Until I saw all the cute boys in the neighborhood, I was seriously pissed that my mom moved me to Rockridge when I was 14 (in 1975). I was a Berkeley kid. Moving to Oakland was uncool. The kids that hung out on the steps of Chabot School (smoking and drinking) were rivals to the kids who hung out at the 7-11 in Elmwood (smoking and drinking). It was a Jets/Sharks kind of situation. Well, without any real threat of violence.
Oddly enough, my parents didn’t take my grievances about the situation seriously.
With the perspective of an older person and the hindsight of ridiculously rising property values, the distinction between Rockridge and Elmwood is trivial. But this was serious shit when I was 14.
I eventually negotiated what my friends from that era still refer to as “dual citizenship” and made Rockridge my second home. I lived (well) there in my 20s as a poor person, sharing an apartment, riding a bike and eating ridiculously well, due to jobs in the local gourmet food establishments (a lifestyle I’m not sure is available to 20 somethings today).
Rockridge has blossomed as a business community and dining destination over the past 35 years. I have had some really memorable meals at Oliveto, Giribaldi’s, Tachibana, and Wood Tavern. Rockridge may lack urban street cred (we called it “Baja Berkeley” back in the day) but it definitely has gourmet cred. New additions like A16, Toast and the Ramen Shop take it up another notch. I am almost overwhelmed by the dining scene in that neighborhood alone.
So I was feeling a bit world weary when I visited Bourbon and Beef. I went with my nineteen year old progeny, who still deigns to go to the theater and dine with me occasionally.
We went early since we had theater tickets across town. We were seated right away at the community table.
We started with Chile y Ajo Frito (shishito peppers with garlic and guajillo pepper aoili) ($10), they were very good, seasoned with whole garlic cloves and salt. We also had the Papas Frita con Carne Asada ($19). Yes that’s french fries and carne asada, why do those things not come together more often?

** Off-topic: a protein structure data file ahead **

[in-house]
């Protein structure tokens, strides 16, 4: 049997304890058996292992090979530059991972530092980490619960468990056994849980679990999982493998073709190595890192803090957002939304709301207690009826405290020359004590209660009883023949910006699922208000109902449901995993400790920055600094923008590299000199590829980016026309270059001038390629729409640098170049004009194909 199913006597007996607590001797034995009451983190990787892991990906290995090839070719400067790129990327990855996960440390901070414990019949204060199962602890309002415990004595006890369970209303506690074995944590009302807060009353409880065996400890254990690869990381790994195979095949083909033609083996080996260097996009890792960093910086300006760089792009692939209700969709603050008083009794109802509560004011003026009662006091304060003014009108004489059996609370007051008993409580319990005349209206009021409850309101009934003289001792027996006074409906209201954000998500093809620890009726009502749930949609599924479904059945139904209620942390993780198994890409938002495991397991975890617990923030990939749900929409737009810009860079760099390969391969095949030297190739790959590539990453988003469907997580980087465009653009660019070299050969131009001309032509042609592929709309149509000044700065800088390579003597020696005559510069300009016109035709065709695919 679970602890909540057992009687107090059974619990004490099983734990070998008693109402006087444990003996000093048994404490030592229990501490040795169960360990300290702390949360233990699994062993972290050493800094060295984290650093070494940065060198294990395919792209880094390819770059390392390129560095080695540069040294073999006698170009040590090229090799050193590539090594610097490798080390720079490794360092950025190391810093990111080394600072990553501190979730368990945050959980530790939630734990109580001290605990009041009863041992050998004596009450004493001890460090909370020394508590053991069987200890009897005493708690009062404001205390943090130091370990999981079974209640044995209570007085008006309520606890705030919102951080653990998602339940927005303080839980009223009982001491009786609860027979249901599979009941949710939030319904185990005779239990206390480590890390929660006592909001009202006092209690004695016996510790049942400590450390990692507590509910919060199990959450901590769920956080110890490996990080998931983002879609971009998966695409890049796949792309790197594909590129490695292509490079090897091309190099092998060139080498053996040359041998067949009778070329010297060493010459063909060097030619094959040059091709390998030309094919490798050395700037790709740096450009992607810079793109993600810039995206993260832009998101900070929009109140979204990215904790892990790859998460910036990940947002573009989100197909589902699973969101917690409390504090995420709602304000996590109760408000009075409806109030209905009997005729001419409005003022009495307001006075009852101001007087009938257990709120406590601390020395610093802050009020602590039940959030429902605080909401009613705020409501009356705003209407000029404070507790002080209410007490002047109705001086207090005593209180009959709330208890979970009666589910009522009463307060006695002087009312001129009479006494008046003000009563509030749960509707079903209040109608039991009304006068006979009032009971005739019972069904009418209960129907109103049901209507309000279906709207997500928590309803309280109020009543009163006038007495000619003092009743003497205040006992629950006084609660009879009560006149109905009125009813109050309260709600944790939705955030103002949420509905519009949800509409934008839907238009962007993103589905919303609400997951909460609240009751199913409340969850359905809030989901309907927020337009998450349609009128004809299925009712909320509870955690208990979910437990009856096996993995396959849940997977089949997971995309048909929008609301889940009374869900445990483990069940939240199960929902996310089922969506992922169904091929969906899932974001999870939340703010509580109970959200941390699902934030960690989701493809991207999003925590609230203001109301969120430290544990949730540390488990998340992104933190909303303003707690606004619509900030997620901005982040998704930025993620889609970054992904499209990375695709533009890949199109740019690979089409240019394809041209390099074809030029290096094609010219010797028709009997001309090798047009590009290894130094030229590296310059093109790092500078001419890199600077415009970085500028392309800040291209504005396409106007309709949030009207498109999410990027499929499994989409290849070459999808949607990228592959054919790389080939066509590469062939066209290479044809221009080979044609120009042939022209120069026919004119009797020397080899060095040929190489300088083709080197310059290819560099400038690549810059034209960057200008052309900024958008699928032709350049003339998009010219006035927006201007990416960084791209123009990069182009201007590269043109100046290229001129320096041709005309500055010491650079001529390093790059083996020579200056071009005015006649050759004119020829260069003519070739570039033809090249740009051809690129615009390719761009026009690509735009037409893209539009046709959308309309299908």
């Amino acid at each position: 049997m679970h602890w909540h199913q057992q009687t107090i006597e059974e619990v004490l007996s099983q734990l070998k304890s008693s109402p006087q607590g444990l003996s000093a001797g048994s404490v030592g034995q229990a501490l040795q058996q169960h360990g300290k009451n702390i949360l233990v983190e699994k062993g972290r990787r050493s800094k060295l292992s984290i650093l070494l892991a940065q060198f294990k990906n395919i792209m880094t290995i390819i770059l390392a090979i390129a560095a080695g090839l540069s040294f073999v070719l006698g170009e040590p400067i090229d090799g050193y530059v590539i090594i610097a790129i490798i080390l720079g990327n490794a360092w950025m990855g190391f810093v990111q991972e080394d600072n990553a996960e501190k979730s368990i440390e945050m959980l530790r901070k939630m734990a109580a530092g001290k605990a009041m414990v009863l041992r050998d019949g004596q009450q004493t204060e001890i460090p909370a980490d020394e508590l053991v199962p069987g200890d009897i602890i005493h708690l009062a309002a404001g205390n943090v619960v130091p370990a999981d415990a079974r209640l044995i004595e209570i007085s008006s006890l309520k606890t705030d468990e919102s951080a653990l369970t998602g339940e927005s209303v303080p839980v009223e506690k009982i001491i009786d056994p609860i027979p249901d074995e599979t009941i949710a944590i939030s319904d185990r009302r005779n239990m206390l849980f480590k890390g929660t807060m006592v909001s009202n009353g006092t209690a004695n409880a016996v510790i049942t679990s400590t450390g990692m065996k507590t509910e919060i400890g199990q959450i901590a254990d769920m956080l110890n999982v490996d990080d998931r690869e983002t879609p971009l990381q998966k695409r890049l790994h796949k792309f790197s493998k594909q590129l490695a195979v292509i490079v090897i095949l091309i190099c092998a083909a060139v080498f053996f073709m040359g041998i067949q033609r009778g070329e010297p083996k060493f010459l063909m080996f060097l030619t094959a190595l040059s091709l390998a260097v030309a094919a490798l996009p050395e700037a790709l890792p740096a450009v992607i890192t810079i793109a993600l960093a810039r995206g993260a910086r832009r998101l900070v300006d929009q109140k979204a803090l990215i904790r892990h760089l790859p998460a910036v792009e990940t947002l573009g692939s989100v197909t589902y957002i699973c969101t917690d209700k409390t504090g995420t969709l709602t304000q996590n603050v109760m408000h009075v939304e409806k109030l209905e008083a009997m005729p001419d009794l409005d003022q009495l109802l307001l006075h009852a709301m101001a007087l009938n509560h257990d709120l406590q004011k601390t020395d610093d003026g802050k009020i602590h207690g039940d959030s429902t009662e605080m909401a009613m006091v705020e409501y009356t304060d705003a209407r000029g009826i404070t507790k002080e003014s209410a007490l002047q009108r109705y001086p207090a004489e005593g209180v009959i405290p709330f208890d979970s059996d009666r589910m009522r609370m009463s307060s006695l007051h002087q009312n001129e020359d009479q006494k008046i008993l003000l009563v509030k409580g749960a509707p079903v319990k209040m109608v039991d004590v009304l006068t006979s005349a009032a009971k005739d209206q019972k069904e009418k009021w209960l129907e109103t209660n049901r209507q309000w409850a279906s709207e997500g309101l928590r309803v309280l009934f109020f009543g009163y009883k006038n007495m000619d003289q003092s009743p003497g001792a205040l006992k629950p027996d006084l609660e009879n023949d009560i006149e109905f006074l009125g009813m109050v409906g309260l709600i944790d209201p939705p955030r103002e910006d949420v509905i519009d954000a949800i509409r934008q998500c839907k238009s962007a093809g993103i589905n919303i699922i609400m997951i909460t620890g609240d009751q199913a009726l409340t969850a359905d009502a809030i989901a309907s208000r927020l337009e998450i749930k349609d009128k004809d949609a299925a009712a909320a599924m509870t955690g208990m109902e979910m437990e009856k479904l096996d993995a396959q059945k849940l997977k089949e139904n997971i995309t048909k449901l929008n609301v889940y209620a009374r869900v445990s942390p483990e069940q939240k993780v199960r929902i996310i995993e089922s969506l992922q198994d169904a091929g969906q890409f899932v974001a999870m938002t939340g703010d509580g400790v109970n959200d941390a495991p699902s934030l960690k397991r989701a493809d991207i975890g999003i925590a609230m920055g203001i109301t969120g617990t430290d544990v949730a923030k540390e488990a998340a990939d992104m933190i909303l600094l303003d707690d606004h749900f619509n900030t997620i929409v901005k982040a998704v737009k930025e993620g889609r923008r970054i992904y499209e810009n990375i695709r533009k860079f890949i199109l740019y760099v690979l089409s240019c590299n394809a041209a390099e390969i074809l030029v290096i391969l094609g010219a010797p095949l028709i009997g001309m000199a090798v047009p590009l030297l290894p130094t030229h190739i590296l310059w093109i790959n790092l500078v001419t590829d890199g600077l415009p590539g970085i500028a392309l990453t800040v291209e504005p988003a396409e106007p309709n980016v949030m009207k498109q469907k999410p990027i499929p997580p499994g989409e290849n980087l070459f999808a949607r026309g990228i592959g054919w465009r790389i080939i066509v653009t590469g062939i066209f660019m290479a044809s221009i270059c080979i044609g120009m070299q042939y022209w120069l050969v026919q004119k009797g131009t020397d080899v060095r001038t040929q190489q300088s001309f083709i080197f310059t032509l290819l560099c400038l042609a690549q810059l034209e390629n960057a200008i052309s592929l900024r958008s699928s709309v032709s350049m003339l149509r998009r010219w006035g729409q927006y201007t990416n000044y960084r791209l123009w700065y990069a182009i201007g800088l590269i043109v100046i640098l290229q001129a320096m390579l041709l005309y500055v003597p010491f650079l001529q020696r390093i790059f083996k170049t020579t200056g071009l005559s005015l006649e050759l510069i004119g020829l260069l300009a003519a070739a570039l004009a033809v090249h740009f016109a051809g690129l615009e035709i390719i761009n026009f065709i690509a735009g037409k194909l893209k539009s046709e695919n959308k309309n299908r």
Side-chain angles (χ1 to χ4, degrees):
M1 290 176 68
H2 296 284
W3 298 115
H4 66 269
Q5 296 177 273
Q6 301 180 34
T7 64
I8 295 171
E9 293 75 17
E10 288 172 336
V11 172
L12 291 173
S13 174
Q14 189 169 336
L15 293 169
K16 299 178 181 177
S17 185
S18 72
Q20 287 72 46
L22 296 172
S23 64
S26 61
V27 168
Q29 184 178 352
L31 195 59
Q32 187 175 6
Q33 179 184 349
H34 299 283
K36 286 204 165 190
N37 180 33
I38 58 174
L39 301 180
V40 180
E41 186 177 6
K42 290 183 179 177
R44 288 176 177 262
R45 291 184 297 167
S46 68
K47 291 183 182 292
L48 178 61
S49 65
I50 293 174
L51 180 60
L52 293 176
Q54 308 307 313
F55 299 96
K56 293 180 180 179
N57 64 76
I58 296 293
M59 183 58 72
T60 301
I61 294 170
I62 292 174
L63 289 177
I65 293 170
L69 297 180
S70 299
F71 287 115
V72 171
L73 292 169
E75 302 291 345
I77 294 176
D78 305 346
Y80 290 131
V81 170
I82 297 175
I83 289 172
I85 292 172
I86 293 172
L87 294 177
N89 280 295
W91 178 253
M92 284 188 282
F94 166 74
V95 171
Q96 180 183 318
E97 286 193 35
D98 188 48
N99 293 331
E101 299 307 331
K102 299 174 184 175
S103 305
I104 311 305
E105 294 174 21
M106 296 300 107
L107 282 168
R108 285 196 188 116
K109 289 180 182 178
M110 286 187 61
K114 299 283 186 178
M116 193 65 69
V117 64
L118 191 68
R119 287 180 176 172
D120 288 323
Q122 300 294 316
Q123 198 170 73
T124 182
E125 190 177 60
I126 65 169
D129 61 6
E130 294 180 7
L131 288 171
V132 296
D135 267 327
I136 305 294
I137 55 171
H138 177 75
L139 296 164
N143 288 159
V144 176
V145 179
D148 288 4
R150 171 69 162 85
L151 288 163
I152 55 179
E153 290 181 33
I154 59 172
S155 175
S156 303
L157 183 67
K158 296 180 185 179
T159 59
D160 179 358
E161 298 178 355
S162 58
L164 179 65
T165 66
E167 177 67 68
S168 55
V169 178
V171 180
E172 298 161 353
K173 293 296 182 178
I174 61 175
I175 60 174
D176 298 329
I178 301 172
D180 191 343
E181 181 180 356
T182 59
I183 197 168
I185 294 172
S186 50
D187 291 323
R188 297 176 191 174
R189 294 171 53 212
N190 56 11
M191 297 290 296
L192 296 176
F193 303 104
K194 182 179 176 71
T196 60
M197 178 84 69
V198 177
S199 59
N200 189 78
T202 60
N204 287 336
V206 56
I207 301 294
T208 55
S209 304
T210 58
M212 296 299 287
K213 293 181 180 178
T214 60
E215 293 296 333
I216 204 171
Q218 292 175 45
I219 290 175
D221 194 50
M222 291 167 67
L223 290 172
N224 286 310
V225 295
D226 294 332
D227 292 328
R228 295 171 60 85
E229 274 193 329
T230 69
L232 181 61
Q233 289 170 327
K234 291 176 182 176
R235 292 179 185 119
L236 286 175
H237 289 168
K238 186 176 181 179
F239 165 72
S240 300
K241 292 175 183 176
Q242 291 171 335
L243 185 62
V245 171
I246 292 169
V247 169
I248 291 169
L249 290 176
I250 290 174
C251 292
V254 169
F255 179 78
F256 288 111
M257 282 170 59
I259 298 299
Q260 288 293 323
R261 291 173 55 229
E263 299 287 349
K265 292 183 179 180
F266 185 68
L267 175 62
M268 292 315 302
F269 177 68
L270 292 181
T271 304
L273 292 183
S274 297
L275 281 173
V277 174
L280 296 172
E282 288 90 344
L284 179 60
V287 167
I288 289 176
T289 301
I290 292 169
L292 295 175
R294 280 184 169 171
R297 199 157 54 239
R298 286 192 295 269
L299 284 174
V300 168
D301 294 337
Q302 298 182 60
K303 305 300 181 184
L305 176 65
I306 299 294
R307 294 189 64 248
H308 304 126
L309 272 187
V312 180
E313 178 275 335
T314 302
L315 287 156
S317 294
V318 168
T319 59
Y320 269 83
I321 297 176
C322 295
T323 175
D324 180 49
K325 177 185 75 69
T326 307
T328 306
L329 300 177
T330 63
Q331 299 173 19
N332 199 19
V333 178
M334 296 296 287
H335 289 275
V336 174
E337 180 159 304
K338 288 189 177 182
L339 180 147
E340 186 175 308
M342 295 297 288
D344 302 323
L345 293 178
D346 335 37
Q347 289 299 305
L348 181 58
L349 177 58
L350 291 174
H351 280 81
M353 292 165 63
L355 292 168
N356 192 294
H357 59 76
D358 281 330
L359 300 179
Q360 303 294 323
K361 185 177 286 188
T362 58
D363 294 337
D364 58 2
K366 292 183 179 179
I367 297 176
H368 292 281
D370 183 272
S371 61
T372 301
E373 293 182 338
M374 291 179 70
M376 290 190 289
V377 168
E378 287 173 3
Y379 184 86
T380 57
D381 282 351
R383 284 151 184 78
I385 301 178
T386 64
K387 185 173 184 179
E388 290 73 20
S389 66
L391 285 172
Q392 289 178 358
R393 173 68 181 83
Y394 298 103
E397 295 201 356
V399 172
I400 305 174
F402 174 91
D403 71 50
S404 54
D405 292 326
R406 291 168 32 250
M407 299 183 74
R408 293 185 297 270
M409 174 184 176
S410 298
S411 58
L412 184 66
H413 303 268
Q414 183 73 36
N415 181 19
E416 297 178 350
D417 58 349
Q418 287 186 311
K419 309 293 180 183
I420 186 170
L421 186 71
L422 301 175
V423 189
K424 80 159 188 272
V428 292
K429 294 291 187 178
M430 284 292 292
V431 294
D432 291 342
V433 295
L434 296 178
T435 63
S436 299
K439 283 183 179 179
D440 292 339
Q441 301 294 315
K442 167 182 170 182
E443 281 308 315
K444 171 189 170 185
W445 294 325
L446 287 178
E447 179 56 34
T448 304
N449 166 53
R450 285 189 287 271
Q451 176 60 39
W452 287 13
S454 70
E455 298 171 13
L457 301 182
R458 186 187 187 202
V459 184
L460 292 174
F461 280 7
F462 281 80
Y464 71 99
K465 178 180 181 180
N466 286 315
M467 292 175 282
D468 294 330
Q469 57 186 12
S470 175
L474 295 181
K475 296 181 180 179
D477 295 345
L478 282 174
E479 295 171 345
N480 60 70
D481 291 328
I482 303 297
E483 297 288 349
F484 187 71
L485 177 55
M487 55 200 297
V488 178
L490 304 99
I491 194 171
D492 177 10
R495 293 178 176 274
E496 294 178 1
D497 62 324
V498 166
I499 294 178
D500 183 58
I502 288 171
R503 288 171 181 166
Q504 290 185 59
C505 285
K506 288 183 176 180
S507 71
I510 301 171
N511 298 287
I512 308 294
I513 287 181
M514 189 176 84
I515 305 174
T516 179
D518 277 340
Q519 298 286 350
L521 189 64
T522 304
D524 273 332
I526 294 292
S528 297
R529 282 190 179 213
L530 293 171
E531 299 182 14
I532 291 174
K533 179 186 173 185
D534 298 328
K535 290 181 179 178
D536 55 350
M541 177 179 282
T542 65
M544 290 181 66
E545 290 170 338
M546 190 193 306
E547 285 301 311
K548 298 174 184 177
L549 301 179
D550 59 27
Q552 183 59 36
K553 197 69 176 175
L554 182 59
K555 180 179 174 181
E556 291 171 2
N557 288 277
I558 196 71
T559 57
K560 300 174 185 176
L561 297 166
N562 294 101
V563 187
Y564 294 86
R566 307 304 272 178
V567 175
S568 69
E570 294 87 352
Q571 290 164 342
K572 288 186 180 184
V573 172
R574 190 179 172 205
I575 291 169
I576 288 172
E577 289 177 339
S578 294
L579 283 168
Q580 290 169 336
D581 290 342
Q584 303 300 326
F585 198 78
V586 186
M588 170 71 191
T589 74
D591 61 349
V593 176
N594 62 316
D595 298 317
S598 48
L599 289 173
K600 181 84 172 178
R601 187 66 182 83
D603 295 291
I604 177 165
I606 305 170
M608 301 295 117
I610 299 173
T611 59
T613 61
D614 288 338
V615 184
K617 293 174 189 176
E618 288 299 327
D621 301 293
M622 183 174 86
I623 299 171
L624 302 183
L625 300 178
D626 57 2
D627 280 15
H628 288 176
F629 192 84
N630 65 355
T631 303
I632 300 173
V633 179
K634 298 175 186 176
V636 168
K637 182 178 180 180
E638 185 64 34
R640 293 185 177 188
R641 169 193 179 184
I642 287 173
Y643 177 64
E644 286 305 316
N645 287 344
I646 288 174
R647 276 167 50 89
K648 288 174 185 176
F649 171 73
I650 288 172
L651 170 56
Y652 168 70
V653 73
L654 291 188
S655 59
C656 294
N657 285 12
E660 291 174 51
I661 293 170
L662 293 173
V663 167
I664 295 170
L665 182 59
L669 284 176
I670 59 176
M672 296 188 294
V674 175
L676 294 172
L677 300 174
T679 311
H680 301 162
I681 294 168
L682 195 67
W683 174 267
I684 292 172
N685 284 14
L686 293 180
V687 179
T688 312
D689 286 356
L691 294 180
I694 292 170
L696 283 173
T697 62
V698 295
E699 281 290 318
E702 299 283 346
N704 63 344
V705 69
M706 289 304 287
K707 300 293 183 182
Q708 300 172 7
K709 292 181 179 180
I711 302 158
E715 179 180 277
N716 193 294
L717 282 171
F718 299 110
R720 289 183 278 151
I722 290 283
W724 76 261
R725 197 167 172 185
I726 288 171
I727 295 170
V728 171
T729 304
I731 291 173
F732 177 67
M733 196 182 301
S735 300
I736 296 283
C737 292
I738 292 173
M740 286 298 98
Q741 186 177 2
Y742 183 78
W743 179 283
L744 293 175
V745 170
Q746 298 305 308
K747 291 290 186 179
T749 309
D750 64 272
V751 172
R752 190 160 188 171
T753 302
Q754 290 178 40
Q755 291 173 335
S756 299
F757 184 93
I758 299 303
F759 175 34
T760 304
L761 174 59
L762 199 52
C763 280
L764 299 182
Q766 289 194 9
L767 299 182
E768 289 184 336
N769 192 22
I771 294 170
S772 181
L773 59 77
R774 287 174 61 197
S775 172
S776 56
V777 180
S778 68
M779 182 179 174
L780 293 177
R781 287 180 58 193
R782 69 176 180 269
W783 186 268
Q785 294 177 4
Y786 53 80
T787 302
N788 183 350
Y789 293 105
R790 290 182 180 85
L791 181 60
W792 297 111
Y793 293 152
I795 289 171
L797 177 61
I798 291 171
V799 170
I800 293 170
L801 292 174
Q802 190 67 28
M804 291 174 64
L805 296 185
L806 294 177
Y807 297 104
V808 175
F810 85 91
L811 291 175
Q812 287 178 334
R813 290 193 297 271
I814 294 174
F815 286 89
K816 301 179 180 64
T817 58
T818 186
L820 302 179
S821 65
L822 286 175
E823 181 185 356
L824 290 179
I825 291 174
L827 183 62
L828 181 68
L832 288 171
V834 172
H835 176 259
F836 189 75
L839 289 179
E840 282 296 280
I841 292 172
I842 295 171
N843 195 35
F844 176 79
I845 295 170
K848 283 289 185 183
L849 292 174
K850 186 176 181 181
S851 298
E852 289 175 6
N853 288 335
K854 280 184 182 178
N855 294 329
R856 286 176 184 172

For our “mains” we .had an Ensalata de Pollo (chicken salad $14) and the Bistek Rostisado (roasted beef tender with carrots, duck bacon, bourbon marrow reduction, $29).
I had a “Some Like It Hot” cocktail, which was basically a spicy Margarita (like my fave the “Spicy Pepino”). I wished it was served on the rocks and bigger, but I’m used to the mason jar version that’s served around town.
The offspring had a Dolce de Leche sundae for dessert, with mexican chocolate sauce and toasted marshmallows.
It was mostly very good. Some things were outstanding (duck bacon! who knew!) I probably would not order the chicken salad again (it was just good in a field of very good). But the beef dishes and the peppers were really flavorful and filling. Lauren was a great server who seemed really interested in whether or not the food was meeting our approval.
It’s not a cheap meal however, which is a bit at odds with the casualness of the atmosphere. You can eat at the bar, a large community table, or at one of the few small tables they have. I guess when I’m spending over $100 for a meal for two, I’d like more options for backs on my chairs.
It’s a good addition to the scene, however, and I will be back. I would love to try it for lunch someday, seems like a great spot for that. Meanwhile, I’m hoping the next opening in Rockridge might be a place I can dine without blowing my entertainment budget for the week (maybe a taco truck?).
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